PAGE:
The Anzac pilgrimage each April is a paradox of thanksgiving grounded in the dialectic outcomes of war. War disinherits. Through the sacrifice of freedom it sets up an inheritance of freedom.

War costs families. It diminishes the potential for healthy and holistic relationships. Yet it opens the door for grace, forgiveness and gratitude.

Anzac day also brings us to find some deep sense of solidarity with Jesus Christ and the cross He was crucified on. It reminds us of His resurrection (Jn.15:13), and brings, by this fact, families to a place of hope, saying that through Him they can rise from the ashes of war.

Anzac day allows each generation to move forward in courage. It allows room for people to own their stories, leaving at the foot of the cross, the psychological, spiritual, emotional and financial dysfunction that war causes.

The hope of Anzac Day is Jesus Christ. It compels us to align ourselves with the table turning Messiah (Mt.21:12),  who, through His Spirit, is constantly at work in ordinary people, doing extraordinary things, even when we don’t see it.

It is here that we can catch our breath and find hope among the ashes.

#LestWeForget.


References (not otherwise linked):

Elshtain, J.B 2000 ‘Who are we?: Critical reflections and hopeful possibilities Wm. B. Eerdmans Publishing company, Grand Rapids, Michigan

 


 ‘The reason why was hazy in their minds[i]

After being summoned by General George C Marshall to meet with him on February the 11th, 1942, Frank Capra,  of ‘It’s a wonderful life’, and ‘You can’t take it with you’ fame, walked into the Pentagon .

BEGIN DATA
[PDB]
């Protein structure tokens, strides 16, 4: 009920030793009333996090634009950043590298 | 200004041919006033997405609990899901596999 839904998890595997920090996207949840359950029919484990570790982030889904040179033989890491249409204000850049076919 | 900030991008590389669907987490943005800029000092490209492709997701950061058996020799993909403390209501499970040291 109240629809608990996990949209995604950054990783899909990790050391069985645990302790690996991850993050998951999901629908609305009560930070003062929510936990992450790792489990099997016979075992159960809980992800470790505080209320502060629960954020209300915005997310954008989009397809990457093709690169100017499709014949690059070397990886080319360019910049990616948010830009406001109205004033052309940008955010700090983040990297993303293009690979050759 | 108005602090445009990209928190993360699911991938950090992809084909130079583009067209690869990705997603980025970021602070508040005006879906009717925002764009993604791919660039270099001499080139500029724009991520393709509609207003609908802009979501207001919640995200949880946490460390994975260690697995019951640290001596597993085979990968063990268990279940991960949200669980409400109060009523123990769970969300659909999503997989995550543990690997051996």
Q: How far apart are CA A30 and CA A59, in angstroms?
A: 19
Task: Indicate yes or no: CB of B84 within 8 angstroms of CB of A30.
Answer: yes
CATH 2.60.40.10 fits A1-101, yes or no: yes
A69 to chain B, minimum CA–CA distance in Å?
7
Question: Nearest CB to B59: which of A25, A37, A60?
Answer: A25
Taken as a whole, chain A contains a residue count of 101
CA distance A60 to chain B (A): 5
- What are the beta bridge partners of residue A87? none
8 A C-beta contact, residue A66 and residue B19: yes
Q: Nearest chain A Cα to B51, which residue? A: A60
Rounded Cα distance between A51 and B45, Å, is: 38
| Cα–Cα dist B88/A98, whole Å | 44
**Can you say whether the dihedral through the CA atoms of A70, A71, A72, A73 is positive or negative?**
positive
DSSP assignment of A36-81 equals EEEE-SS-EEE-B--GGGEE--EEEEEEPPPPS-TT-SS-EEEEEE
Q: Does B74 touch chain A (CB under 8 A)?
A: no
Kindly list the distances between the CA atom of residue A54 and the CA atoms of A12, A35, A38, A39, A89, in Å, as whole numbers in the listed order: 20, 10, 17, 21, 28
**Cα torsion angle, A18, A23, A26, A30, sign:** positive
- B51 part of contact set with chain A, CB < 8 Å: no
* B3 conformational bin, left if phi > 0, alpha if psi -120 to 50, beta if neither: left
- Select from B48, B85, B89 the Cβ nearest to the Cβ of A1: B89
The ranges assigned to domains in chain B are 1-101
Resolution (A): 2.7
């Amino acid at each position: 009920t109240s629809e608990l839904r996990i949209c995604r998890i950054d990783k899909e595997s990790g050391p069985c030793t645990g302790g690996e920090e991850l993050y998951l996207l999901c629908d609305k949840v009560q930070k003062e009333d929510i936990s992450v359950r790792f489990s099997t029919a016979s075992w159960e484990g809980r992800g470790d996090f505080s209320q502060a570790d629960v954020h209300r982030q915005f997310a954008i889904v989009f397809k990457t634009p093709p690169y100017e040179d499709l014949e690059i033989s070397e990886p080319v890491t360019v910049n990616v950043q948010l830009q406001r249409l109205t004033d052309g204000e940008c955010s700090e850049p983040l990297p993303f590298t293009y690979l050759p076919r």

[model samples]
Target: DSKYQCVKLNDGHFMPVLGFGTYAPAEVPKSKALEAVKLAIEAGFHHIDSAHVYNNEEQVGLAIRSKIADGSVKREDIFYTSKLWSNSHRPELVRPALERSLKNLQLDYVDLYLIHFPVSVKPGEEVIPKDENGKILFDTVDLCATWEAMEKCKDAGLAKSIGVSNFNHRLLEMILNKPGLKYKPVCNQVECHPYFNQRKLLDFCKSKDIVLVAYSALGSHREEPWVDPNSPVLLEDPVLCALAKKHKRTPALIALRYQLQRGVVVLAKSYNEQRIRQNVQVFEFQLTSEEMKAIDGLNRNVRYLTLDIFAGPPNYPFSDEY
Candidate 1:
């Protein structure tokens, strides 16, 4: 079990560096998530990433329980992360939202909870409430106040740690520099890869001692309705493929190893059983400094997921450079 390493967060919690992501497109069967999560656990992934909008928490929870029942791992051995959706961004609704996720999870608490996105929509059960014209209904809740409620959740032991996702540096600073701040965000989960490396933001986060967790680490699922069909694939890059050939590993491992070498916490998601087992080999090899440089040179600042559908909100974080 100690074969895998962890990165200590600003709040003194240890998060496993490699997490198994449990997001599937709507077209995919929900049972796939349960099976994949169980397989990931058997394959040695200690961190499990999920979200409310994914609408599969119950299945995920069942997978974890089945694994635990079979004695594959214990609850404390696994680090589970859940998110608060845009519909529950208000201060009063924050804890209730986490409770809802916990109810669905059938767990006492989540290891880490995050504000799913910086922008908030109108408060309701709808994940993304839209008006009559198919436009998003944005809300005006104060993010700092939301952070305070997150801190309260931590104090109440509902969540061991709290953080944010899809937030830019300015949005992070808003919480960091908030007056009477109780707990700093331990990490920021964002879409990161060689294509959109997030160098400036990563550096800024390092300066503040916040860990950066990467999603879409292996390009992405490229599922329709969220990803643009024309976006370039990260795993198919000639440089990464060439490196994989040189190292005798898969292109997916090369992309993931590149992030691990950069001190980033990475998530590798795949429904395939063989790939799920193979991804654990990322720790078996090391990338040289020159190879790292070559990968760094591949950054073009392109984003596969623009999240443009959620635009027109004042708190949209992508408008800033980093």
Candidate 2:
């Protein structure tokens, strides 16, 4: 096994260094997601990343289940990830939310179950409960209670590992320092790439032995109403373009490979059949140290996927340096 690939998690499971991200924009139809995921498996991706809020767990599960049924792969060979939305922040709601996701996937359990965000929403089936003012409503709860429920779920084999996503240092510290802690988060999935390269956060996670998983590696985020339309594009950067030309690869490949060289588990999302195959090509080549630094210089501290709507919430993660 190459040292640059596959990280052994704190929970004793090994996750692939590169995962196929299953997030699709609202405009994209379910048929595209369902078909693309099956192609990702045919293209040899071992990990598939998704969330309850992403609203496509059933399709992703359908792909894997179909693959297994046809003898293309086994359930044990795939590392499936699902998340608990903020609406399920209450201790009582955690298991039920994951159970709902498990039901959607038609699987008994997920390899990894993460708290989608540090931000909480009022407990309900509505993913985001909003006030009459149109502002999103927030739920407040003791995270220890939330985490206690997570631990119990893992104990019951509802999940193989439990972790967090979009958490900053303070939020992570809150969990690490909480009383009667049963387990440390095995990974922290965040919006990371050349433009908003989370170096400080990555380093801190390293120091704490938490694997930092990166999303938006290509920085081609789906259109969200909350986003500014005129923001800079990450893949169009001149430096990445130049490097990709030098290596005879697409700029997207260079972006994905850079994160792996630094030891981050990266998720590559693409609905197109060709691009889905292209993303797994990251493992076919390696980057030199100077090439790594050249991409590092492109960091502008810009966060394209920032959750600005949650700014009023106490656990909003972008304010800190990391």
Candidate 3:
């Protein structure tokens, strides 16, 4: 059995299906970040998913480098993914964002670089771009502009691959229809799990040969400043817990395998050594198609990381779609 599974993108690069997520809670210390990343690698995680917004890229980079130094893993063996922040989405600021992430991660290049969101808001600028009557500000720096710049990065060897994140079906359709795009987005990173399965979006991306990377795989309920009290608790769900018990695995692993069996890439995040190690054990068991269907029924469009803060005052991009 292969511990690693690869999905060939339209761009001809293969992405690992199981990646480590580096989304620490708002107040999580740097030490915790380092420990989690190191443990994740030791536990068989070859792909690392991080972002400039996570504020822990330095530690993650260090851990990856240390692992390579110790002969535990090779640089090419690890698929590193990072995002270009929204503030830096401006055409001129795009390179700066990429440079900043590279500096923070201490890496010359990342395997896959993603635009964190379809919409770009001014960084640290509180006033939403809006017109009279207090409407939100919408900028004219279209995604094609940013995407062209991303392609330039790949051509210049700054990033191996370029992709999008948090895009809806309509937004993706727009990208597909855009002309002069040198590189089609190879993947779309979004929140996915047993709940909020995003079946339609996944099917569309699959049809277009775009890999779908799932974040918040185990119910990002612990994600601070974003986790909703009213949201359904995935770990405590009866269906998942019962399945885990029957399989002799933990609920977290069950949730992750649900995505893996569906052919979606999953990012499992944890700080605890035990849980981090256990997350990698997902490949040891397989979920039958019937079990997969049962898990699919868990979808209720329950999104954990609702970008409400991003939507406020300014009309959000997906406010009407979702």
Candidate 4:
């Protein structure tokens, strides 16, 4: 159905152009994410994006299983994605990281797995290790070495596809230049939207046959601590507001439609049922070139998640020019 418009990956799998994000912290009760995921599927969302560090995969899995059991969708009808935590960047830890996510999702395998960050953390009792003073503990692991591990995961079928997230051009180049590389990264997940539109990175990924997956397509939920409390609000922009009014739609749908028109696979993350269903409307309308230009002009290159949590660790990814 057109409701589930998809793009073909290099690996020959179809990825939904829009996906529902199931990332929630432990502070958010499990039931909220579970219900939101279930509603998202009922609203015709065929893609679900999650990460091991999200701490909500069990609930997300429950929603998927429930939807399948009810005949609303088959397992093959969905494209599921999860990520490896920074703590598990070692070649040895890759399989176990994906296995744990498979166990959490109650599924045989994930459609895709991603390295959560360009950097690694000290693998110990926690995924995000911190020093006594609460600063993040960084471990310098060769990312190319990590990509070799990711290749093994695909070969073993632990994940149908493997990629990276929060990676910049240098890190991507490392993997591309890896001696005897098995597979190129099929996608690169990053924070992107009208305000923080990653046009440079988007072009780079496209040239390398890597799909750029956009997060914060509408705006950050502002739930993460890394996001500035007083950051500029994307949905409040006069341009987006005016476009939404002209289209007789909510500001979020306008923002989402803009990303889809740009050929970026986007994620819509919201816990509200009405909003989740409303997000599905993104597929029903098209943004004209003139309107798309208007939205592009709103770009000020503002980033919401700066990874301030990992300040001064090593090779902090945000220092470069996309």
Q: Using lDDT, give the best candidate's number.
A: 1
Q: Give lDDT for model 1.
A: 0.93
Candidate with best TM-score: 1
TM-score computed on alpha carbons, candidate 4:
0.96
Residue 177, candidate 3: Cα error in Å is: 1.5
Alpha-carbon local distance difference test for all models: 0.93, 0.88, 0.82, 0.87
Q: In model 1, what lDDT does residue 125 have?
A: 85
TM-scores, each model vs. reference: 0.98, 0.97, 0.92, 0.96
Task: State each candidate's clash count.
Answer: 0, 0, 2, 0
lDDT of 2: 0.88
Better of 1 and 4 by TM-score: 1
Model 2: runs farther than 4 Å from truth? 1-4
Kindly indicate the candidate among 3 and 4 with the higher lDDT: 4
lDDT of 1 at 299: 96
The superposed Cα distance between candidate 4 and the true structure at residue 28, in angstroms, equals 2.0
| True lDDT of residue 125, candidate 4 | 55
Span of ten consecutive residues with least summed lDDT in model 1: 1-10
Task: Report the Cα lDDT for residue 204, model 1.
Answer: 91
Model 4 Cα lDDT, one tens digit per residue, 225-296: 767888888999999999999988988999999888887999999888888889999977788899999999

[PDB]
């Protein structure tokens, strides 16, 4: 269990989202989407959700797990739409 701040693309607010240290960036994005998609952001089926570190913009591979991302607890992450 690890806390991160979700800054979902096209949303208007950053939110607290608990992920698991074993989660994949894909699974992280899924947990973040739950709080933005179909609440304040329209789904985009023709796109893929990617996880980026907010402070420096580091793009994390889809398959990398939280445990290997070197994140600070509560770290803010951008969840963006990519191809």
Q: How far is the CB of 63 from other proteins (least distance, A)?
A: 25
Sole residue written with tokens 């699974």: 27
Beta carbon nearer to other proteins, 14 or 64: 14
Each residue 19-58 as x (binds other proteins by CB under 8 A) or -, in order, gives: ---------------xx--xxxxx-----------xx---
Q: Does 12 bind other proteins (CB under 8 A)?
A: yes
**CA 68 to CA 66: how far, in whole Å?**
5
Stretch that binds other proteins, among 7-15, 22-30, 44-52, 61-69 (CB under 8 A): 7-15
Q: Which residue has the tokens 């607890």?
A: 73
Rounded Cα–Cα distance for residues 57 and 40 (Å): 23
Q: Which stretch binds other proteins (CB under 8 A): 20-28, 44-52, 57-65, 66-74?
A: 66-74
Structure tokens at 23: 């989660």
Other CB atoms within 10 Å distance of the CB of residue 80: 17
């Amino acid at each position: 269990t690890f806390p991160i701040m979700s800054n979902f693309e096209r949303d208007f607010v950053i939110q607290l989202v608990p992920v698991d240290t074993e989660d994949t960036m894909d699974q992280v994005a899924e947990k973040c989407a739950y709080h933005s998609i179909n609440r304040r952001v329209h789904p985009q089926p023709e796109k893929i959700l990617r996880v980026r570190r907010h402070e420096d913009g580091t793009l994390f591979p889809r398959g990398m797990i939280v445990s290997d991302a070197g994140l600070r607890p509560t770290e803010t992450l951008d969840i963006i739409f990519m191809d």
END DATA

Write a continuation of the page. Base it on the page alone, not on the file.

Before Capra had received the invitation, he had been in the process of reviewing an offer of a partnership which, in his own words ‘would have made him part owner of “United Artists”. Easily placing him in the multi-millionaire class’[ii] and potentially exempting him from War time service.

In wrestling with the decision Capra wrote:

‘Why trade fame, glamour, and wealth for a number stamped on a dog tag?…I was bored with the applause. Furthermore, I had a guilty conscience. In my films I championed the cause of the gentle, the poor, the downtrodden, yet I began to live like the Aga Khan.[iii]

Responding to the invitation, Capra went from red carpet to khaki green.
Expecting to be assigned to the Signal Corps, he was surprised, and a little annoyed to find he had been reassigned to the newly created Morale Branch (Special Services)[iv].

Despite being uneasy, tense, and apprehensive[v]. His appointed meeting with Marshall on the 11th  of February went ahead better than he’d expected it to. Capra’s straight up honesty and his clear separation from being a typical “Hollywood type” – someone who ‘wouldn’t step on a carpet unless it was red’ [vi] – appeared to have justified Marshall’s choice.